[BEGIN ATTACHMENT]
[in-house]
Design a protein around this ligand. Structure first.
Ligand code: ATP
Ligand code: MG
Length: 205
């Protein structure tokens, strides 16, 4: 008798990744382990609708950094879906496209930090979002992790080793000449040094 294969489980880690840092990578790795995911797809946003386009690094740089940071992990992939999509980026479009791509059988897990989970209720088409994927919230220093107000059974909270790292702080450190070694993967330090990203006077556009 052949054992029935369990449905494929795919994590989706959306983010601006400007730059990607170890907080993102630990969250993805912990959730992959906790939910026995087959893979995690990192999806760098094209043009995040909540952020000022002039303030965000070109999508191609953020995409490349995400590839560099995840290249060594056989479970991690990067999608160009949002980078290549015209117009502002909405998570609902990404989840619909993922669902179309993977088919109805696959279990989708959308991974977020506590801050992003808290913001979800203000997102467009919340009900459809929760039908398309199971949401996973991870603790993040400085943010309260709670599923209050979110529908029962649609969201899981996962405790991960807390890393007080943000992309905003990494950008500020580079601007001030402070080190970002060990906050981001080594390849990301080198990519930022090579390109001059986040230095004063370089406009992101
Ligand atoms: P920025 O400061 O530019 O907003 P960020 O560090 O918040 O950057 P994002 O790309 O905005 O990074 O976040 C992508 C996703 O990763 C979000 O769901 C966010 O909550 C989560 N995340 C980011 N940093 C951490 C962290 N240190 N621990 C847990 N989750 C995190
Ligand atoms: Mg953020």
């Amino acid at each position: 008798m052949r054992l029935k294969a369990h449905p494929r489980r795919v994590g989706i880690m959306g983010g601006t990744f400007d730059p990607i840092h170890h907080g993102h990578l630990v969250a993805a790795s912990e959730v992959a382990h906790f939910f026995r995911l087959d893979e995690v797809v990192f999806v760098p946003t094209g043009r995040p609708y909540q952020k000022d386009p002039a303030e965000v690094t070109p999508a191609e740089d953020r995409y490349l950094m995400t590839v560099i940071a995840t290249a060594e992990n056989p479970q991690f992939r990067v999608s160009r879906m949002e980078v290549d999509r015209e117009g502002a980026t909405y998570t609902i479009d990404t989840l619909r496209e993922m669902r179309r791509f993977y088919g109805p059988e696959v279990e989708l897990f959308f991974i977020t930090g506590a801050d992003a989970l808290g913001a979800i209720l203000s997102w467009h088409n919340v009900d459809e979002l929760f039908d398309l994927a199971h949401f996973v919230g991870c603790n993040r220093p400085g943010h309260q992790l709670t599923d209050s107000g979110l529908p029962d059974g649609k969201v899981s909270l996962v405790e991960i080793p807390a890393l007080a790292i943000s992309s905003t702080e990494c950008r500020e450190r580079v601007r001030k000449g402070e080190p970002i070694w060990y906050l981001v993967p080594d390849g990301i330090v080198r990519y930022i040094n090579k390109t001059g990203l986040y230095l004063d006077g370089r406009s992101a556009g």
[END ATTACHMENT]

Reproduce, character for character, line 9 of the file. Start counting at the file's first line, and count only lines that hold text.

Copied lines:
């Amino acid at each position: 008798m052949r054992l029935k294969a369990h449905p494929r489980r795919v994590g989706i880690m959306g983010g601006t990744f400007d730059p990607i840092h170890h907080g993102h990578l630990v969250a993805a790795s912990e959730v992959a382990h906790f939910f026995r995911l087959d893979e995690v797809v990192f999806v760098p946003t094209g043009r995040p609708y909540q952020k000022d386009p002039a303030e965000v690094t070109p999508a191609e740089d953020r995409y490349l950094m995400t590839v560099i940071a995840t290249a060594e992990n056989p479970q991690f992939r990067v999608s160009r879906m949002e980078v290549d999509r015209e117009g502002a980026t909405y998570t609902i479009d990404t989840l619909r496209e993922m669902r179309r791509f993977y088919g109805p059988e696959v279990e989708l897990f959308f991974i977020t930090g506590a801050d992003a989970l808290g913001a979800i209720l203000s997102w467009h088409n919340v009900d459809e979002l929760f039908d398309l994927a199971h949401f996973v919230g991870c603790n993040r220093p400085g943010h309260q992790l709670t599923d209050s107000g979110l529908p029962d059974g649609k969201v899981s909270l996962v405790e991960i080793p807390a890393l007080a790292i943000s992309s905003t702080e990494c950008r500020e450190r580079v601007r001030k000449g402070e080190p970002i070694w060990y906050l981001v993967p080594d390849g990301i330090v080198r990519y930022i040094n090579k390109t001059g990203l986040y230095l004063d006077g370089r406009s992101a556009g």